Monday, June 3, 2013 - 3:40pm Categories: Uncategorized
Territory of Dakota. Made by Charles Roeser. Published in Washington, DC by the United States General Land Office in 1882.

This map depicts the status of land division and disposition of Datoka Territory, under the United States General Land Office. At this time Dakota Territory comprised modern day North Dakota and South Dakota.

In the prior decade gold had been discovered inside the Great Sioux Reservation, which had led to the war between the United States and the Native Americans living in the region. This map shows the Great Sioux Reservation with its revised boundary...

Continue reading "On Display This Week: Dakota Territory, 1882"...
Monday, May 20, 2013 - 4:00pm Categories: Uncategorized
Genehoa, Jaloffi, et Sierraliones Regna. By Johannes Janssonius. Likely published in Atlas Contractus by Janssonius Heirs in Amsterdam in 1666.

This map is an early one to show the west coast of Africa in such detail. The Atlantic Slave Trade had been increasing for the past 150 years and was going to continue to increase for another 200. Portuguese influence can be seen by “Rio Portugues” dividing Mauritania (Genehoa) from Senegal. Goree Island, an early site of European activity, is noted. The cartouche shows light skinned people displaying products of bounty including fruit and...

Continue reading "On Display This Week: Senegal-Gambia, circa 1666"...
Monday, May 13, 2013 - 8:04pm Categories: Uncategorized
Panama Canal, Present Future, Topographic, Diagramatic and Illustrative: As Canal Will Look When Completed. By Edwin J. Beverstock and George Davidson. Published in Washington, D.C. by mapmaker Edwin J. Beverstock in 1903.

The Panama Canal is a good example of a project that seems like it will be much easier than it is. Anyone looking at a map of Central America can’t help but notice how skinny that isthmus is, and how nicely it would cut down travel if only we could cut a canal through there.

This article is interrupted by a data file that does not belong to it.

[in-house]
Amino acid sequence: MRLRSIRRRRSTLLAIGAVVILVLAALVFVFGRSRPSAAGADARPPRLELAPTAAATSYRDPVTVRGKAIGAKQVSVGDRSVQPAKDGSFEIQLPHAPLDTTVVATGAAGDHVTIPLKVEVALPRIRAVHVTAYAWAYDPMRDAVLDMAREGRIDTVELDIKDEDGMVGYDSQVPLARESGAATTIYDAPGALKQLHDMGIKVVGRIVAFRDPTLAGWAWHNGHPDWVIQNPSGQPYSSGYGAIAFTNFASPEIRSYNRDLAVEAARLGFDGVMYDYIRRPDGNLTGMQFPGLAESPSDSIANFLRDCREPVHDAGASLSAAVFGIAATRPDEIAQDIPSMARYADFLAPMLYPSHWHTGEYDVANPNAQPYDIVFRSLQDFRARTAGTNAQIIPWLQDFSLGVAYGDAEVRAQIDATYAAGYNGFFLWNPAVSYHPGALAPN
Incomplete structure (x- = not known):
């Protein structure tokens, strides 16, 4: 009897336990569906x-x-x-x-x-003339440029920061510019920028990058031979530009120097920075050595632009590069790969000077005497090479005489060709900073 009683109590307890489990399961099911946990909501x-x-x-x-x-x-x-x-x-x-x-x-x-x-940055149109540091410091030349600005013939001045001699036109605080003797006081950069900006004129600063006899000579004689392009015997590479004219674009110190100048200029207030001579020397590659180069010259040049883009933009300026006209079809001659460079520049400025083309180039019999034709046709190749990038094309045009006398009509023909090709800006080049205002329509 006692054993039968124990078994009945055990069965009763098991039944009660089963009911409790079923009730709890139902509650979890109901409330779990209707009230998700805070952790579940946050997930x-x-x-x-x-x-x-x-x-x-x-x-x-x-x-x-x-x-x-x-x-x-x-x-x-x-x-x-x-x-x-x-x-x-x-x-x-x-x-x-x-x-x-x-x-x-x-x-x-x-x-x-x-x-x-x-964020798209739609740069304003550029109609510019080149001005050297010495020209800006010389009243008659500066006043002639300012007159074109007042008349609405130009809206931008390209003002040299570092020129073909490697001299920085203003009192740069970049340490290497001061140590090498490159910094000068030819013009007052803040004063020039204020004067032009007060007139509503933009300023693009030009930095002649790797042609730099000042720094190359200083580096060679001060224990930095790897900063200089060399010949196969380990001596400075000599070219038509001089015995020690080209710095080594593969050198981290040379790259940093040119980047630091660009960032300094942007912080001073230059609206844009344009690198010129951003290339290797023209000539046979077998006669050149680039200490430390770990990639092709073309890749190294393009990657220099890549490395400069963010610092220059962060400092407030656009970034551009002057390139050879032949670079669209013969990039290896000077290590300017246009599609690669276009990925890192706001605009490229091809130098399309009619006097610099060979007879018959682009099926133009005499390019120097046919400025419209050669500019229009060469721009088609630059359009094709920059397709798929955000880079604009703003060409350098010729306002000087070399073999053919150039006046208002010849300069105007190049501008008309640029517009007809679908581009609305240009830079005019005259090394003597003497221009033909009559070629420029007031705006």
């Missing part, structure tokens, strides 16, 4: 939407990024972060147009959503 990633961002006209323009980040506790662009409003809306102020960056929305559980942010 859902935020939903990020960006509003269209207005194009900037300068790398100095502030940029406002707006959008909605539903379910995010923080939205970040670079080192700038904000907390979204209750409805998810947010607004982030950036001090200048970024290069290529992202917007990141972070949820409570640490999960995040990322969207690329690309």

For 12 years the World watched as the French fiddled around trying to build a canal....

Continue reading "On Display This Week: The Panama Canal"...
Monday, May 6, 2013 - 2:31pm Categories: Uncategorized
The First Photograph Ever Made Showing the Division between the Troposphere and the Stratosphere and Also the Actual Curvature of the Earth. By A. W. Stevens and Orvil A. Anderson. Published in the May 1936 issue of National Geographic Magazine in Washington, D.C. by National Geographic Society.

-and-

One Hundred Proofs That the Earth Is Not a Globe. By William Carpenter and originally published in Baltimore in 1885. Republished in Zion, Illinois by Wilbur Glenn Voliva in 1929.

Certainly by 1936 practically everyone understood that the Earth is a sphere (or, more...

Continue reading "On Display This Week: The Curvature of the Earth"...
Monday, April 29, 2013 - 1:55pm Categories: Uncategorized
Africa. Map 49 in A General Atlas Of The World, With A Separate Map Of Each Of The United States Of America. By S.G. Goodrich and T.G. Bradford. Published in Boston by C.D. Strong in 1841.

This map shows the extent of European knowledge of African geography in 1841. Names of regions and places are almost entirely along the coasts, leaving the interior blank. One exception is some fairly good understanding of the oases and settlements across the Sahara. This map lacks busy details to fill unknown areas. Map-makers were by now content to leave areas of insufficient or conflicting reports...

Continue reading "On Display This Week: Africa Mid-Century"...